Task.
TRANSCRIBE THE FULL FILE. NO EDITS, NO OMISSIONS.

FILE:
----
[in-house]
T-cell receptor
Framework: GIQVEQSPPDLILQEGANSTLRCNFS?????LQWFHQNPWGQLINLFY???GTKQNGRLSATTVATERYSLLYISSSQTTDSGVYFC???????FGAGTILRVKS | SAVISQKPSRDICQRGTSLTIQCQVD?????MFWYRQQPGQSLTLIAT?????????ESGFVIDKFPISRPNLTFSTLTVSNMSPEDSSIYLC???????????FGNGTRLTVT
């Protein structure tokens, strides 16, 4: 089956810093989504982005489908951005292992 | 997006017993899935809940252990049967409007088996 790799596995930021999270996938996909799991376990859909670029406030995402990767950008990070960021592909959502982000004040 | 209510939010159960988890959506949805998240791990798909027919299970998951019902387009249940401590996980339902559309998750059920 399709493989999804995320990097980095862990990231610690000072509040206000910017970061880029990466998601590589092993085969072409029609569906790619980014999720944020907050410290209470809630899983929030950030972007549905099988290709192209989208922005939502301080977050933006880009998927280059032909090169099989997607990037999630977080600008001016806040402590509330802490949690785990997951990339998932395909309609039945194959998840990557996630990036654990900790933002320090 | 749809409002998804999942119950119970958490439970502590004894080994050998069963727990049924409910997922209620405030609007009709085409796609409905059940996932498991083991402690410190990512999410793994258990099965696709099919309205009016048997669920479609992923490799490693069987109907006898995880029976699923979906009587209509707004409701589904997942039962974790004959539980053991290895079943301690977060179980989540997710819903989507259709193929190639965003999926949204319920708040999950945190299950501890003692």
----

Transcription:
[in-house]
T-cell receptor
Framework: GIQVEQSPPDLILQEGANSTLRCNFS?????LQWFHQNPWGQLINLFY???GTKQNGRLSATTVATERYSLLYISSSQTTDSGVYFC???????FGAGTILRVKS | SAVISQKPSRDICQRGTSLTIQCQVD?????MFWYRQQPGQSLTLIAT?????????ESGFVIDKFPISRPNLTFSTLTVSNMSPEDSSIYLC???????????FGNGTRLTVT
């Protein structure tokens, strides 16, 4: 089956810093989504982005489908951005292992 | 997006017993899935809940252990049967409007088996 790799596995930021999270996938996909799991376990859909670029406030995402990767950008990070960021592909959502982000004040 | 209510939010159960988890959506949805998240791990798909027919299970998951019902387009249940401590996980339902559309998750059920 399709493989999804995320990097980095862990990231610690000072509040206000910017970061880029990466998601590589092993085969072409029609569906790619980014999720944020907050410290209470809630899983929030950030972007549905099988290709192209989208922005939502301080977050933006880009998927280059032909090169099989997607990037999630977080600008001016806040402590509330802490949690785990997951990339998932395909309609039945194959998840990557996630990036654990900790933002320090 | 749809409002998804999942119950119970958490439970502590004894080994050998069963727990049924409910997922209620405030609007009709085409796609409905059940996932498991083991402690410190990512999410793994258990099965696709099919309205009016048997669920479609992923490799490693069987109907006898995880029976699923979906009587209509707004409701589904997942039962974790004959539980053991290895079943301690977060179980989540997710819903989507259709193929190639965003999926949204319920708040999950945190299950501890003692």